He declined to reveal further details as the appeal for leave to the Federal Court is pending.

In civil appeals to the apex court, a litigant has to obtain leave or permission — based on questions of law posed — to ensure the appeal is not frivolous, vexatious or an abuse of the court process.

Conflicting CoA decisions affecting MyCC

Appellate judge Datuk Hanipah Farikullah, who led the bench in allowing MAS’ and AirAsia’s appeal, said that MyCC should have abided by CAT’s decision, and not file for judicial review to challenge the tribunal’s decision at the High Court.

“They (MyCC) cannot challenge its appellate authority,” ruled Hanipah.

The court further ruled that MyCC was not an aggrieved party under Order 53, Rule 2 of the Rules of Court, to initiate a legal challenge against the decision by CAT. Moreover, it said the threshold for MyCC to initiate a judicial review had not been breached.

Six days after the CoA judgment on the airlines, another appellate court affirmed a decision by MyCC and CAT.

In the appeal by MyEG Commerce Sdn Bhd and MyEG Services Sdn Bhd, the CoA upheld a decision by MyCC and CAT to impose a fine of RM9.64 million in total on the companies for violating the competition law in that they had abused their dominant position to sell mandatory insurance related to temporary employment permits for foreign workers (Pas Lawatan Kerja Sementara or PLKS).

Justice Datuk Zabidin Mohd Diah said the bench was unanimous in holding that there was no error and misdirection that warranted the appellate court’s intervention in the case. The bench also agreed that MyEG had a right to challenge the CAT decision.

“We unanimously agree with the learned High Court judge, that there was no irregularity or illegality in the findings which upheld the decision by CAT made in December 2017. MyEG had abused its position and not entered a level playing field as their action can harm competition.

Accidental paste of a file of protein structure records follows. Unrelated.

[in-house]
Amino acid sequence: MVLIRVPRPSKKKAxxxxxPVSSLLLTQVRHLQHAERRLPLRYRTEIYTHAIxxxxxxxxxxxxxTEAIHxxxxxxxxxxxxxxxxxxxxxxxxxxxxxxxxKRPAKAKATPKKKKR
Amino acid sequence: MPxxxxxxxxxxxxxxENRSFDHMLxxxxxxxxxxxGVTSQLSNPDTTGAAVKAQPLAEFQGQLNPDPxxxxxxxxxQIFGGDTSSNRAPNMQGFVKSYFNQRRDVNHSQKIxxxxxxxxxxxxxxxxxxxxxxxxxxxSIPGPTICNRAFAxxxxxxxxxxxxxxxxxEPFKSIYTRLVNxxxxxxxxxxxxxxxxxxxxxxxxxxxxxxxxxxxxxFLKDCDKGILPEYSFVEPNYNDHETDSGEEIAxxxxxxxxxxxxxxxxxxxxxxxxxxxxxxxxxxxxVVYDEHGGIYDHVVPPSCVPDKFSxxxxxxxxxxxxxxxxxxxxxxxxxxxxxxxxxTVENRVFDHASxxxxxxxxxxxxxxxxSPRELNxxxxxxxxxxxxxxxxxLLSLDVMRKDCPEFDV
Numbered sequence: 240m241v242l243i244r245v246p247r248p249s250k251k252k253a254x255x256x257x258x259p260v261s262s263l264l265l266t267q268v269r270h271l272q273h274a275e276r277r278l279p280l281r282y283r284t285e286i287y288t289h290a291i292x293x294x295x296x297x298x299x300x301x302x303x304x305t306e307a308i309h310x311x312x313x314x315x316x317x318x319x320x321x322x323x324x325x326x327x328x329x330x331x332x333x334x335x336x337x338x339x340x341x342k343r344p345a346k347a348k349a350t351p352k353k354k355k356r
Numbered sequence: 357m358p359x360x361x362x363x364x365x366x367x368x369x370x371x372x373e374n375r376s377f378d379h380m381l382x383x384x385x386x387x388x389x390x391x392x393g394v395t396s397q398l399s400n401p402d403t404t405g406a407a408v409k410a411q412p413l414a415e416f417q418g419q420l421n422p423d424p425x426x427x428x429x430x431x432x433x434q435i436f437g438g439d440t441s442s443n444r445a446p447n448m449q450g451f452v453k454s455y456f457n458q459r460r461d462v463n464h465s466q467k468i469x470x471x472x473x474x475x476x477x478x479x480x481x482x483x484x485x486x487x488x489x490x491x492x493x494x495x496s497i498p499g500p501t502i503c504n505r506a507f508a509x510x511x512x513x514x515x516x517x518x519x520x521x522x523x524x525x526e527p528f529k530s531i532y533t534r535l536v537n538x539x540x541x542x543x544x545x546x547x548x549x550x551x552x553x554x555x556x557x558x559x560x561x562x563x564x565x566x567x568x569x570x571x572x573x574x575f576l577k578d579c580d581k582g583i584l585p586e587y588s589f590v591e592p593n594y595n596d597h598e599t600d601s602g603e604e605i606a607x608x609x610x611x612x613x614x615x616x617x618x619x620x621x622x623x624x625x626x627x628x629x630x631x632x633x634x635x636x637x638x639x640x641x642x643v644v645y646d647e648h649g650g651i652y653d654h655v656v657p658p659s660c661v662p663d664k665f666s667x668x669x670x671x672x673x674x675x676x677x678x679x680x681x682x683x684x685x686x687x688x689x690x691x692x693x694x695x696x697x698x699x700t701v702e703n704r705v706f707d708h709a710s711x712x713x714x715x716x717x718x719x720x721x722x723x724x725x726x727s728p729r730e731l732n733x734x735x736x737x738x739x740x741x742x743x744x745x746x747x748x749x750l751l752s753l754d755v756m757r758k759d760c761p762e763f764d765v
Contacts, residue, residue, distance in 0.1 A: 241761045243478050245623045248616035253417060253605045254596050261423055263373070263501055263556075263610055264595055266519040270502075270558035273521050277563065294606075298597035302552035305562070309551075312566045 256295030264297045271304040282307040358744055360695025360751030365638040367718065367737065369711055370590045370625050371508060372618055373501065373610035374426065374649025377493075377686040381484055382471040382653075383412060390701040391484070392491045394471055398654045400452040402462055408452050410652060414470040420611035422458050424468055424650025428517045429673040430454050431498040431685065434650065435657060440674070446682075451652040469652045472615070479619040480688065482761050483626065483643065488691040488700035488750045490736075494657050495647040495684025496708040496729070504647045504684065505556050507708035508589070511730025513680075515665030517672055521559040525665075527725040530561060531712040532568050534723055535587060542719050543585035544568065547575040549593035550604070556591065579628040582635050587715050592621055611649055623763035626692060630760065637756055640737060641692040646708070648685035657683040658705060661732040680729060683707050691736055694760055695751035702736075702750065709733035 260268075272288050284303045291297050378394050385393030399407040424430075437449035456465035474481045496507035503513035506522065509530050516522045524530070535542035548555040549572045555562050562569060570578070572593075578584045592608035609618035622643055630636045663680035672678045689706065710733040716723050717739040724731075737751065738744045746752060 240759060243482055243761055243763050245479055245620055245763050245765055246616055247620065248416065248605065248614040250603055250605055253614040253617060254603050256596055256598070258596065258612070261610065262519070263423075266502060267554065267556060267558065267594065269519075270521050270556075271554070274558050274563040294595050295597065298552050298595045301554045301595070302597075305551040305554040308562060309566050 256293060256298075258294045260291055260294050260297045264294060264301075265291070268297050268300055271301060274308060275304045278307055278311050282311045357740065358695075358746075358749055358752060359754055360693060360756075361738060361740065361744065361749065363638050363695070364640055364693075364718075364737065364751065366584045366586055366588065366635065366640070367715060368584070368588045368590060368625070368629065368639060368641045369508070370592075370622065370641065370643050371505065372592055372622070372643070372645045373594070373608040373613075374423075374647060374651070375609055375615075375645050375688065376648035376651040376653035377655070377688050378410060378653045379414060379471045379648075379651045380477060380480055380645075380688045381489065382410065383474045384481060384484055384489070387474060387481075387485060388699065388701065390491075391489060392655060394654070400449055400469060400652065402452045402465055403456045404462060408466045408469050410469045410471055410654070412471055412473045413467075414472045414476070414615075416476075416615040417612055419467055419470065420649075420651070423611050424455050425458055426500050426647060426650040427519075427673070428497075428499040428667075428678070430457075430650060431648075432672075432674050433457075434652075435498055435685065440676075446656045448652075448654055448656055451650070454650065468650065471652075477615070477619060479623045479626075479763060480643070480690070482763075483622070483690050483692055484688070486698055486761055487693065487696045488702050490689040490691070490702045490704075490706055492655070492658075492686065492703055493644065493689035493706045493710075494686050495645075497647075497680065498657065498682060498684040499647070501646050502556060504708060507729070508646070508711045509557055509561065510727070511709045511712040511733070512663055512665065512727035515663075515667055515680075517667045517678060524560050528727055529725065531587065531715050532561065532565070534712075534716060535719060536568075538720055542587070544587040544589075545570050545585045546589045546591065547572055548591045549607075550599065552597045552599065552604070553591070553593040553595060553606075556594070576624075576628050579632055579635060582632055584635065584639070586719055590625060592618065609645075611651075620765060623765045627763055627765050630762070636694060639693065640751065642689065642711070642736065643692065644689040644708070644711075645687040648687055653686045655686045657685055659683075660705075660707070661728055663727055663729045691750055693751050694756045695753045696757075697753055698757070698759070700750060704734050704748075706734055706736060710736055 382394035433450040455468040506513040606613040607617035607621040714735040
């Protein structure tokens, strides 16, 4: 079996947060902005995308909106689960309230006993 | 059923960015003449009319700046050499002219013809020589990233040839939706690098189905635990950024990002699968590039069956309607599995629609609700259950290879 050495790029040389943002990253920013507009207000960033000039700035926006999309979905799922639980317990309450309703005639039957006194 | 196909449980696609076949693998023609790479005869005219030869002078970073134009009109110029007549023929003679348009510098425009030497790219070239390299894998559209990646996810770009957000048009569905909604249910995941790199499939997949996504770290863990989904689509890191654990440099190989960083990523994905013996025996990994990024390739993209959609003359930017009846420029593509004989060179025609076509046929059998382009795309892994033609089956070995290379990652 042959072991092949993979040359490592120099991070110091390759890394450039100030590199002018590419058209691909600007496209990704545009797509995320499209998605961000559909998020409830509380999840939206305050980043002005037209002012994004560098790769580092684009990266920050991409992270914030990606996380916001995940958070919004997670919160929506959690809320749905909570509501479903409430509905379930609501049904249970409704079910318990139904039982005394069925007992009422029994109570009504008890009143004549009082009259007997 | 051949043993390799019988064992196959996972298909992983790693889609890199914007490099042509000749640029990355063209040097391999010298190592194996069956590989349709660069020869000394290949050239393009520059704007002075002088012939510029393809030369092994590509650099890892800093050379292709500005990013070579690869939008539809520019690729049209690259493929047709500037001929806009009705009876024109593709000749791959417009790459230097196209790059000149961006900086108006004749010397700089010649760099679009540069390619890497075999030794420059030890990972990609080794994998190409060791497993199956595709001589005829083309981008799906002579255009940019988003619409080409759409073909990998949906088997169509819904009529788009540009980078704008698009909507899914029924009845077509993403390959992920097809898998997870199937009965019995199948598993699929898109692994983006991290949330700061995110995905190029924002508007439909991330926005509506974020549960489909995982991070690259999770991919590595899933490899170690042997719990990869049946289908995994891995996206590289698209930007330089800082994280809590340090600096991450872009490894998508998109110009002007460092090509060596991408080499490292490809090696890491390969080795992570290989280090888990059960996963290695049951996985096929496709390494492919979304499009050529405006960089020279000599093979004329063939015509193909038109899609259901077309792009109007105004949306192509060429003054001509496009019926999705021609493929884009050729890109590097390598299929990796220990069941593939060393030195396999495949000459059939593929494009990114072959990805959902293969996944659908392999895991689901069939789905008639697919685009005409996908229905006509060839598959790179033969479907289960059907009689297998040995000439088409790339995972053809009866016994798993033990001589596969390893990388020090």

“The financial daily penalty imposed by MyCC was not manifestly excessive,” said the judge.

The decisions appear to suggest that companies can appeal or file a judicial review at the High Court to challenge decisions by CAT.

However, MyCC’s standing is less clear as the appellate court’s decision on MAS and AirAsia appears to suggest that the commission is not deemed an aggrieved party by the court.

Ensure level playing field

On a different note, Iskandar revealed that one of the major areas that MyCC is seriously looking at currently is bid-rigging in government projects, and that it endeavours to ensure proper competition in the tendering of projects to prevent leakages that are costly to both the government and the public.

“Studies have shown that 25% of leakages in government procurement result in sub-standard products or services and cause some projects to be white elephants. This is something that we want to avoid, and to educate that bid-rigging has an adverse effect on the market.”

Bid-rigging involves every stage from the tender process, cover pricing and suppression of information to sub-contracting of such projects.

For MyCC to function effectively, Iskandar said that the commission needs to be expanded from the present 80-strong workforce — centred in Kuala Lumpur — to cover the whole of Malaysia.

He said compared with other jurisdictions like Singapore, Indonesia, Hong Kong or Australia, based on the population ratio, MyCC has far fewer staff to ensure a level playing field for consumers.

Crediting the formation of MyCC to a former chief justice who in the last decade predicted competition would be a major focal point in judicial review applications, Iskandar observed: “He was right in his foresightedness and as a result, MyCC was set up, joining the rest of such similar commissions in the world.”